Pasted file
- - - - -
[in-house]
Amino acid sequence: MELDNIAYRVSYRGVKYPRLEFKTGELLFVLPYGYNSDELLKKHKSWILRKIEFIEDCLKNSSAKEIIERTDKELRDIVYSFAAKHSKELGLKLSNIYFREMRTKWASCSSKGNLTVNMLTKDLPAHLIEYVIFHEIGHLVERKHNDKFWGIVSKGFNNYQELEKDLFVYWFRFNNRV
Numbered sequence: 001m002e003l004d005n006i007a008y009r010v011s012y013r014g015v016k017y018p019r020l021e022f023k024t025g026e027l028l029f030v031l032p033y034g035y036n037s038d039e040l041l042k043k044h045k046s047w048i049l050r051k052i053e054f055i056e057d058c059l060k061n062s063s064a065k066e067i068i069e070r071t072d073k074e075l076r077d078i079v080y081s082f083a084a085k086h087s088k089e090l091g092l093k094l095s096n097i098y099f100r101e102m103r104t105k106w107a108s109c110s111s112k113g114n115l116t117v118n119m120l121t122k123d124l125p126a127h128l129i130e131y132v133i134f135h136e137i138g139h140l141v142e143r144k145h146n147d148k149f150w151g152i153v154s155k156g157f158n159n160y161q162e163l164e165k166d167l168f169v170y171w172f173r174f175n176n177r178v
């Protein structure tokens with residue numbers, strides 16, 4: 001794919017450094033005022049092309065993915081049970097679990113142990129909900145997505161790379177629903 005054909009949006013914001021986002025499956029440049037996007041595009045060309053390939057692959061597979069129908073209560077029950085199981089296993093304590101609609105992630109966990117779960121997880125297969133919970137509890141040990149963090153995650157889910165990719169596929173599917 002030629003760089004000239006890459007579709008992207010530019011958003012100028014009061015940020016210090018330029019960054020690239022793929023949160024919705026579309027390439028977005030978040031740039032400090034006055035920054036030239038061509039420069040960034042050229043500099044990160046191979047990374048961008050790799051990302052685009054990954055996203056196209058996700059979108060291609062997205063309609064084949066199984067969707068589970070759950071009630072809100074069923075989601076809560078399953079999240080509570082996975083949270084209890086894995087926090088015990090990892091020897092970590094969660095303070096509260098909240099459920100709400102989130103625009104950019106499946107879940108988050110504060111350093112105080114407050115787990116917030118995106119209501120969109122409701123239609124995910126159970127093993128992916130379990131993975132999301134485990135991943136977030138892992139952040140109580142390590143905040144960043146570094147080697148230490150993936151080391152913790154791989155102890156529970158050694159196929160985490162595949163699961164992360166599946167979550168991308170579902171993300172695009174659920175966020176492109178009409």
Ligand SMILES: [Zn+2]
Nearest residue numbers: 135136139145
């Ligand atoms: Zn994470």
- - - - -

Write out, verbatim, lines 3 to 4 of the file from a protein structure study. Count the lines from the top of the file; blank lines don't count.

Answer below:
Numbered sequence: 001m002e003l004d005n006i007a008y009r010v011s012y013r014g015v016k017y018p019r020l021e022f023k024t025g026e027l028l029f030v031l032p033y034g035y036n037s038d039e040l041l042k043k044h045k046s047w048i049l050r051k052i053e054f055i056e057d058c059l060k061n062s063s064a065k066e067i068i069e070r071t072d073k074e075l076r077d078i079v080y081s082f083a084a085k086h087s088k089e090l091g092l093k094l095s096n097i098y099f100r101e102m103r104t105k106w107a108s109c110s111s112k113g114n115l116t117v118n119m120l121t122k123d124l125p126a127h128l129i130e131y132v133i134f135h136e137i138g139h140l141v142e143r144k145h146n147d148k149f150w151g152i153v154s155k156g157f158n159n160y161q162e163l164e165k166d167l168f169v170y171w172f173r174f175n176n177r178v
């Protein structure tokens with residue numbers, strides 16, 4: 001794919017450094033005022049092309065993915081049970097679990113142990129909900145997505161790379177629903 005054909009949006013914001021986002025499956029440049037996007041595009045060309053390939057692959061597979069129908073209560077029950085199981089296993093304590101609609105992630109966990117779960121997880125297969133919970137509890141040990149963090153995650157889910165990719169596929173599917 002030629003760089004000239006890459007579709008992207010530019011958003012100028014009061015940020016210090018330029019960054020690239022793929023949160024919705026579309027390439028977005030978040031740039032400090034006055035920054036030239038061509039420069040960034042050229043500099044990160046191979047990374048961008050790799051990302052685009054990954055996203056196209058996700059979108060291609062997205063309609064084949066199984067969707068589970070759950071009630072809100074069923075989601076809560078399953079999240080509570082996975083949270084209890086894995087926090088015990090990892091020897092970590094969660095303070096509260098909240099459920100709400102989130103625009104950019106499946107879940108988050110504060111350093112105080114407050115787990116917030118995106119209501120969109122409701123239609124995910126159970127093993128992916130379990131993975132999301134485990135991943136977030138892992139952040140109580142390590143905040144960043146570094147080697148230490150993936151080391152913790154791989155102890156529970158050694159196929160985490162595949163699961164992360166599946167979550168991308170579902171993300172695009174659920175966020176492109178009409």